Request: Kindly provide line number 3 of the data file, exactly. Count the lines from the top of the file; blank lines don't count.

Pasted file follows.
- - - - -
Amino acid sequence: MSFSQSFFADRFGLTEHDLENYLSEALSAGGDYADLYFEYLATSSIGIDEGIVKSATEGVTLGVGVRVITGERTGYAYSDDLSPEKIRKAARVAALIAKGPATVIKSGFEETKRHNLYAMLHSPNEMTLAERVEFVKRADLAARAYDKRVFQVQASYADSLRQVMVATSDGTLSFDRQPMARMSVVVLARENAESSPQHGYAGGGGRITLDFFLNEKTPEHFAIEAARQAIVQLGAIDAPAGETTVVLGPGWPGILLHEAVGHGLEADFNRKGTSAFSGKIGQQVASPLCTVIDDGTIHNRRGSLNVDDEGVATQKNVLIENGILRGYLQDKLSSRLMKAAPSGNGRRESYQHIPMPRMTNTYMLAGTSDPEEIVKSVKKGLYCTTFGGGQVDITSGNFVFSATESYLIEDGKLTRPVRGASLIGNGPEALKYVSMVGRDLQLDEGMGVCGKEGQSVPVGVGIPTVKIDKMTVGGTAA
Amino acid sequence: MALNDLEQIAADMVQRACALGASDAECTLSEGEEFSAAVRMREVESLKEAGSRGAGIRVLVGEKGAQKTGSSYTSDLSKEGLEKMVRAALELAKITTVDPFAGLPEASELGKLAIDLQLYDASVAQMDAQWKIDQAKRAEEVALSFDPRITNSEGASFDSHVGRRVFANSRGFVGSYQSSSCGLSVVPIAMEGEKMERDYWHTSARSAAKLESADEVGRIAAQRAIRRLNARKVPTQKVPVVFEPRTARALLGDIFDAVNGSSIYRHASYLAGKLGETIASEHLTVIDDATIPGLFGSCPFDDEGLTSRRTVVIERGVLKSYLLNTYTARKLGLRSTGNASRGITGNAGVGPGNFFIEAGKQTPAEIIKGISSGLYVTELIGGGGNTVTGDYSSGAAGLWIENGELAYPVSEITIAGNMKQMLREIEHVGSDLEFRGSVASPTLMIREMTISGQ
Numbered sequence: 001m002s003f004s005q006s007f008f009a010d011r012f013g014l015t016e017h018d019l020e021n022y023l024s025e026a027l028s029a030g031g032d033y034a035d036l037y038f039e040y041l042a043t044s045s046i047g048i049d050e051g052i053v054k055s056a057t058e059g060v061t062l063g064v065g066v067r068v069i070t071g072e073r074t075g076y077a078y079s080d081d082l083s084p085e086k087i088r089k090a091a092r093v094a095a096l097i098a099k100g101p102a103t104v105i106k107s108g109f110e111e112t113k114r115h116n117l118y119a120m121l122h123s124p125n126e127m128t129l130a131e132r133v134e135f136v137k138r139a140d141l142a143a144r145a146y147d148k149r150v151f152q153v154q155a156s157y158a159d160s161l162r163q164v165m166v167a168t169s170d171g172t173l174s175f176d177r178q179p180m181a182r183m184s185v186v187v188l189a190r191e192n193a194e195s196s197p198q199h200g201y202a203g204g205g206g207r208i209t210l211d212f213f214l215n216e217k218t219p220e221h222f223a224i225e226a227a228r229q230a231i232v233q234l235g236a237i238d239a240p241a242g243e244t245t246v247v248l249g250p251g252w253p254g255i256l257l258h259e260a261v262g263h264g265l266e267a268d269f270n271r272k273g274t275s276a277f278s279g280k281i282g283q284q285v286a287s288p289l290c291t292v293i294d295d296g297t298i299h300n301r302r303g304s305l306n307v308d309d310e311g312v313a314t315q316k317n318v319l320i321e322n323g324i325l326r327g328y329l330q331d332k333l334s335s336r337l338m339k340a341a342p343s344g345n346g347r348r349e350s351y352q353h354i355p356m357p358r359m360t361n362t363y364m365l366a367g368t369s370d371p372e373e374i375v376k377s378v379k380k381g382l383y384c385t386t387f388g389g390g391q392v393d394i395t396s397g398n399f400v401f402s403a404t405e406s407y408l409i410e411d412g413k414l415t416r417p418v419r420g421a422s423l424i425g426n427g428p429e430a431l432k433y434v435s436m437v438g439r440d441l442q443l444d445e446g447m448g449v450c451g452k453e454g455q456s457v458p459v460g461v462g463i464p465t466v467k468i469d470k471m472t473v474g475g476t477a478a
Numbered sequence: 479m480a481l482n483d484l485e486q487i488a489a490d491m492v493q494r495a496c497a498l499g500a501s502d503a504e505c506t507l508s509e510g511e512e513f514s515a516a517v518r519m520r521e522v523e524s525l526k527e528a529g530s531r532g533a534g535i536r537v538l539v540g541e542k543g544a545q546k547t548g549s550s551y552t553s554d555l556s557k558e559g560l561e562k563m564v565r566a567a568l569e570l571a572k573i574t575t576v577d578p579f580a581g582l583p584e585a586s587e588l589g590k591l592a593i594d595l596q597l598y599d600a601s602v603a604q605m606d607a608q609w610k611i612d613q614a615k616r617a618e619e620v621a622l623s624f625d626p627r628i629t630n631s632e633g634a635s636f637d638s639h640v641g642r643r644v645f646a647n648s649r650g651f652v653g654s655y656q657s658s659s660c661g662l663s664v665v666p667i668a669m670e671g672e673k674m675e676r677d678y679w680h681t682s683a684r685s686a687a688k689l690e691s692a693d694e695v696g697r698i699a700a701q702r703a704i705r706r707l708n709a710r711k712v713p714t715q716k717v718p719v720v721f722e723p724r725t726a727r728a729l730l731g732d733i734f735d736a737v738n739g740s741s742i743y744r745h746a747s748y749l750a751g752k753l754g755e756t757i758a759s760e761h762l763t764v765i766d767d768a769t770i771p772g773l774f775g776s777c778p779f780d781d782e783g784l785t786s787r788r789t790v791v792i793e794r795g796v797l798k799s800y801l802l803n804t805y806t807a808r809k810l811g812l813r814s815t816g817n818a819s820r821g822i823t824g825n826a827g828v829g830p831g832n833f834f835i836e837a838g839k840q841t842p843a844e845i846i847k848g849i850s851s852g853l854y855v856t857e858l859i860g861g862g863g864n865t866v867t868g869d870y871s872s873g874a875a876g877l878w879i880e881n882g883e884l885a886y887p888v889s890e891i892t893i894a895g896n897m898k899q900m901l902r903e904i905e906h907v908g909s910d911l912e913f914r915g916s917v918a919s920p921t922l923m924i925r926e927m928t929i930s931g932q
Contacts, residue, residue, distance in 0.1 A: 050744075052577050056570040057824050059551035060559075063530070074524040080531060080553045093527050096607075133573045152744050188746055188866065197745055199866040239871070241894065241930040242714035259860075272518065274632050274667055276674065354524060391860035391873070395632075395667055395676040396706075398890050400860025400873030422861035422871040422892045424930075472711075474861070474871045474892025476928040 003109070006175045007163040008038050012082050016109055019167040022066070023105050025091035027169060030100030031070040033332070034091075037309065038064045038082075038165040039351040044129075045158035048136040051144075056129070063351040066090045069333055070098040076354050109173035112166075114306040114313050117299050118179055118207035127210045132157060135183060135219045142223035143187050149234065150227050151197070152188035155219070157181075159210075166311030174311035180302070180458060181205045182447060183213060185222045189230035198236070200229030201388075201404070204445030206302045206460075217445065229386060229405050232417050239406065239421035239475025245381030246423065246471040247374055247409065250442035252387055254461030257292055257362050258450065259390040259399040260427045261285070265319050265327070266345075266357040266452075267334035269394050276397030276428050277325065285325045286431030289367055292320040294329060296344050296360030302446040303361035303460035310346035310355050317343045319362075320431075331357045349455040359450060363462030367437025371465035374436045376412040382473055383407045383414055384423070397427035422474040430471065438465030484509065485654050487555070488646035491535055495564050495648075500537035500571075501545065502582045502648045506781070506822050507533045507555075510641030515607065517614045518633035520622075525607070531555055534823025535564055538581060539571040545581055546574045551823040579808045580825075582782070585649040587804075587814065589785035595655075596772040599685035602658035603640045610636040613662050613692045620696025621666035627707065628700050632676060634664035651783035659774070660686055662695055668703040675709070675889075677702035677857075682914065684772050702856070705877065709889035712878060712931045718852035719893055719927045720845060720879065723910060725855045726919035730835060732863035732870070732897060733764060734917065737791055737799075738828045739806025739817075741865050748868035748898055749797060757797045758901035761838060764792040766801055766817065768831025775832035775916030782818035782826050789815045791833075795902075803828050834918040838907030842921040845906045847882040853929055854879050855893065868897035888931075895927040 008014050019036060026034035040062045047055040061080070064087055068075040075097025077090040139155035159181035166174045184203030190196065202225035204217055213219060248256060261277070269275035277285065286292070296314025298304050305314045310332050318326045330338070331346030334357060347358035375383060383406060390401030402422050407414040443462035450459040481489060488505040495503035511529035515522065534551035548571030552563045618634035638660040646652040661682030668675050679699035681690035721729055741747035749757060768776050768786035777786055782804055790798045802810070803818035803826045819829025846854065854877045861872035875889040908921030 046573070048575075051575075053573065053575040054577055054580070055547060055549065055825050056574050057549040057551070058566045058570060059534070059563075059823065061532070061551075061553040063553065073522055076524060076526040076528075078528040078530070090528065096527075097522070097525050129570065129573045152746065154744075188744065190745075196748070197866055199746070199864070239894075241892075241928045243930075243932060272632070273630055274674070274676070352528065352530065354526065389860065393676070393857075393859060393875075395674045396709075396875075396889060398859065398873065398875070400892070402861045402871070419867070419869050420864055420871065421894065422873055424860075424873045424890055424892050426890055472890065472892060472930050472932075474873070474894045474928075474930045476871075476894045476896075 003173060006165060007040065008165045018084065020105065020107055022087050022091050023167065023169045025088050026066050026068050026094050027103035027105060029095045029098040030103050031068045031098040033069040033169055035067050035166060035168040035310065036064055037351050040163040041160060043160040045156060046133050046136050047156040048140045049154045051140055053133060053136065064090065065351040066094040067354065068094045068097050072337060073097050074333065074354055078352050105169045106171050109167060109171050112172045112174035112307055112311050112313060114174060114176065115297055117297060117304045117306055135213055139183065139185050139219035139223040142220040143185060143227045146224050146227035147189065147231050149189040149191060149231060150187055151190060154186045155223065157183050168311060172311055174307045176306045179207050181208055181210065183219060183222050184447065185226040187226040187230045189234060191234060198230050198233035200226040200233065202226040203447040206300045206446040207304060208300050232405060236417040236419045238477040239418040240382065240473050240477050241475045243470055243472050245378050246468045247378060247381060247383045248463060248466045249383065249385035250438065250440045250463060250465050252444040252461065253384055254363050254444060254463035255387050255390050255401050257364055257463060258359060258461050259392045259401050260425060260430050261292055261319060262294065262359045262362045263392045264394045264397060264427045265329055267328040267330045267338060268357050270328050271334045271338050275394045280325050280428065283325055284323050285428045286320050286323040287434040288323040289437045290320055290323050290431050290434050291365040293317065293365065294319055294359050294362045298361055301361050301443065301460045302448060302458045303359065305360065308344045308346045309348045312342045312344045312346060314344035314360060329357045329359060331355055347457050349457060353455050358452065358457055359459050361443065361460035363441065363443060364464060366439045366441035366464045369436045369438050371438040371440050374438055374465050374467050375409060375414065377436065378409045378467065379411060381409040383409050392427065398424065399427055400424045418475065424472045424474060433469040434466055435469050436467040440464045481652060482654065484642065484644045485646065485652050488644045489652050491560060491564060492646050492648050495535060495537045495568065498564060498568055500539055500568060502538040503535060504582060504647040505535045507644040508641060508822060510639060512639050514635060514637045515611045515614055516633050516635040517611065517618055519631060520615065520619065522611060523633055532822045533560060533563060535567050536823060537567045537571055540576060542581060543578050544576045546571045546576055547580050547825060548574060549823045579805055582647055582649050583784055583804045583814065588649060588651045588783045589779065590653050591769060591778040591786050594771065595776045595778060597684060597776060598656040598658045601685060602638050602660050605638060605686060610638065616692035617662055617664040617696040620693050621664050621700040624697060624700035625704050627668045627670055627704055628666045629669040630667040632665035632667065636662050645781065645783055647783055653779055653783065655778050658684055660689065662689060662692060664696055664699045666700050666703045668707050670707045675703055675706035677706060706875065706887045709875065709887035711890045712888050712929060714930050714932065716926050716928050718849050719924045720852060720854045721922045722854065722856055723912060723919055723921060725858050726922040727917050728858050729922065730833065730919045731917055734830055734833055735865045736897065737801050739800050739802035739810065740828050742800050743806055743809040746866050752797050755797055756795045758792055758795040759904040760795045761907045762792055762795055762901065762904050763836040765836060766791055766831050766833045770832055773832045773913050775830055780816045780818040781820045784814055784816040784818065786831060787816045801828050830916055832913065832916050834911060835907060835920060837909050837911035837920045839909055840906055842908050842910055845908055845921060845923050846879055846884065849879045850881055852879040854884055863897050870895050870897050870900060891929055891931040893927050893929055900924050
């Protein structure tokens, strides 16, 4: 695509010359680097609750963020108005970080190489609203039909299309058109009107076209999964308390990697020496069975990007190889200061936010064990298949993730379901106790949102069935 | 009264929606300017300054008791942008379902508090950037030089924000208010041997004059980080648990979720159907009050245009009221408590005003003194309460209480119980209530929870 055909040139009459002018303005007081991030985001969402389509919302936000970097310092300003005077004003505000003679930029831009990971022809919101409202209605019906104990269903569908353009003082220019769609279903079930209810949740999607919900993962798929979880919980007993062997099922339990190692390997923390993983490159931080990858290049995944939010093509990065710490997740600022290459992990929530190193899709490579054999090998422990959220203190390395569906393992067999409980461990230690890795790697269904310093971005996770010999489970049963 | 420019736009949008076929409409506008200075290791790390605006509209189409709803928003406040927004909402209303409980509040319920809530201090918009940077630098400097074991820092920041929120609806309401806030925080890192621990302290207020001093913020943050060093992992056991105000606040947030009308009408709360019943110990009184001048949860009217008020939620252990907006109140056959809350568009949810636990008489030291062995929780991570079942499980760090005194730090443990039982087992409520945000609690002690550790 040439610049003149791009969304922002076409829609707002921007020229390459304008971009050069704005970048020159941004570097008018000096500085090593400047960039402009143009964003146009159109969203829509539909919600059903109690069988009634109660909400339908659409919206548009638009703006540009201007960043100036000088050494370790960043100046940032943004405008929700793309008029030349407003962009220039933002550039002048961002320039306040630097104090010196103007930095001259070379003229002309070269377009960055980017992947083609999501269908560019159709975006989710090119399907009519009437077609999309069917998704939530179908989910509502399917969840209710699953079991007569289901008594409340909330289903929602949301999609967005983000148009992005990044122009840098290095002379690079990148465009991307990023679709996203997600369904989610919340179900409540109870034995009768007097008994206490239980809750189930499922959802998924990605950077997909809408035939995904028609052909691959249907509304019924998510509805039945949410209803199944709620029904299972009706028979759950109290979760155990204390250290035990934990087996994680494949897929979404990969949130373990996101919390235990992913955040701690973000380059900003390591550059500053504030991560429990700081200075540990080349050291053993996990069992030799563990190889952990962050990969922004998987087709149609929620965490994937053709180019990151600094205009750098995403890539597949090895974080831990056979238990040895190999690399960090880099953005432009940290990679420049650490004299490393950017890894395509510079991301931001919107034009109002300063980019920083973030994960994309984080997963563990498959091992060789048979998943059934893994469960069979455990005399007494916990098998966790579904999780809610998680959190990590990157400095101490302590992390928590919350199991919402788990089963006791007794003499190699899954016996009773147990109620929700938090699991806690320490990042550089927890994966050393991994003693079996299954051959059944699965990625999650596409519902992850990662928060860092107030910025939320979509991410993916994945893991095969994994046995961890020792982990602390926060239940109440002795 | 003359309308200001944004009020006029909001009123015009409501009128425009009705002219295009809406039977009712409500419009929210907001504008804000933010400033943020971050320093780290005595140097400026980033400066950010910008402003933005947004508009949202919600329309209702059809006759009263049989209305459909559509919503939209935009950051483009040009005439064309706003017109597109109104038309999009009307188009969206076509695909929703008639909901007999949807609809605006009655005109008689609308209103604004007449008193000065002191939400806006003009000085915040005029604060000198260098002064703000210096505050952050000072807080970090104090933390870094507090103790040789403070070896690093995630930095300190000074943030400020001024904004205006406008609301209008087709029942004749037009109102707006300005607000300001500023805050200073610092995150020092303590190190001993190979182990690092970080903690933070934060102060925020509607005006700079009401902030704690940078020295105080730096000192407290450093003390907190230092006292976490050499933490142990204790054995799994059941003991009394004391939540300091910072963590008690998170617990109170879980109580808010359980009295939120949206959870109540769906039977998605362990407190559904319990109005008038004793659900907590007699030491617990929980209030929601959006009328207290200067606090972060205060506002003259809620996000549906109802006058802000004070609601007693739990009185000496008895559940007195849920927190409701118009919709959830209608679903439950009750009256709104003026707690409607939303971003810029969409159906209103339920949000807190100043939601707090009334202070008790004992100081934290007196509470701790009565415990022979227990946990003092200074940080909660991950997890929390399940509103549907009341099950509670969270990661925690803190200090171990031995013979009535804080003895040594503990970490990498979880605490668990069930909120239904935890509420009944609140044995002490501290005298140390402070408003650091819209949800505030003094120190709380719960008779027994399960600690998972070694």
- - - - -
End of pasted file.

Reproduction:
Numbered sequence: 001m002s003f004s005q006s007f008f009a010d011r012f013g014l015t016e017h018d019l020e021n022y023l024s025e026a027l028s029a030g031g032d033y034a035d036l037y038f039e040y041l042a043t044s045s046i047g048i049d050e051g052i053v054k055s056a057t058e059g060v061t062l063g064v065g066v067r068v069i070t071g072e073r074t075g076y077a078y079s080d081d082l083s084p085e086k087i088r089k090a091a092r093v094a095a096l097i098a099k100g101p102a103t104v105i106k107s108g109f110e111e112t113k114r115h116n117l118y119a120m121l122h123s124p125n126e127m128t129l130a131e132r133v134e135f136v137k138r139a140d141l142a143a144r145a146y147d148k149r150v151f152q153v154q155a156s157y158a159d160s161l162r163q164v165m166v167a168t169s170d171g172t173l174s175f176d177r178q179p180m181a182r183m184s185v186v187v188l189a190r191e192n193a194e195s196s197p198q199h200g201y202a203g204g205g206g207r208i209t210l211d212f213f214l215n216e217k218t219p220e221h222f223a224i225e226a227a228r229q230a231i232v233q234l235g236a237i238d239a240p241a242g243e244t245t246v247v248l249g250p251g252w253p254g255i256l257l258h259e260a261v262g263h264g265l266e267a268d269f270n271r272k273g274t275s276a277f278s279g280k281i282g283q284q285v286a287s288p289l290c291t292v293i294d295d296g297t298i299h300n301r302r303g304s305l306n307v308d309d310e311g312v313a314t315q316k317n318v319l320i321e322n323g324i325l326r327g328y329l330q331d332k333l334s335s336r337l338m339k340a341a342p343s344g345n346g347r348r349e350s351y352q353h354i355p356m357p358r359m360t361n362t363y364m365l366a367g368t369s370d371p372e373e374i375v376k377s378v379k380k381g382l383y384c385t386t387f388g389g390g391q392v393d394i395t396s397g398n399f400v401f402s403a404t405e406s407y408l409i410e411d412g413k414l415t416r417p418v419r420g421a422s423l424i425g426n427g428p429e430a431l432k433y434v435s436m437v438g439r440d441l442q443l444d445e446g447m448g449v450c451g452k453e454g455q456s457v458p459v460g461v462g463i464p465t466v467k468i469d470k471m472t473v474g475g476t477a478a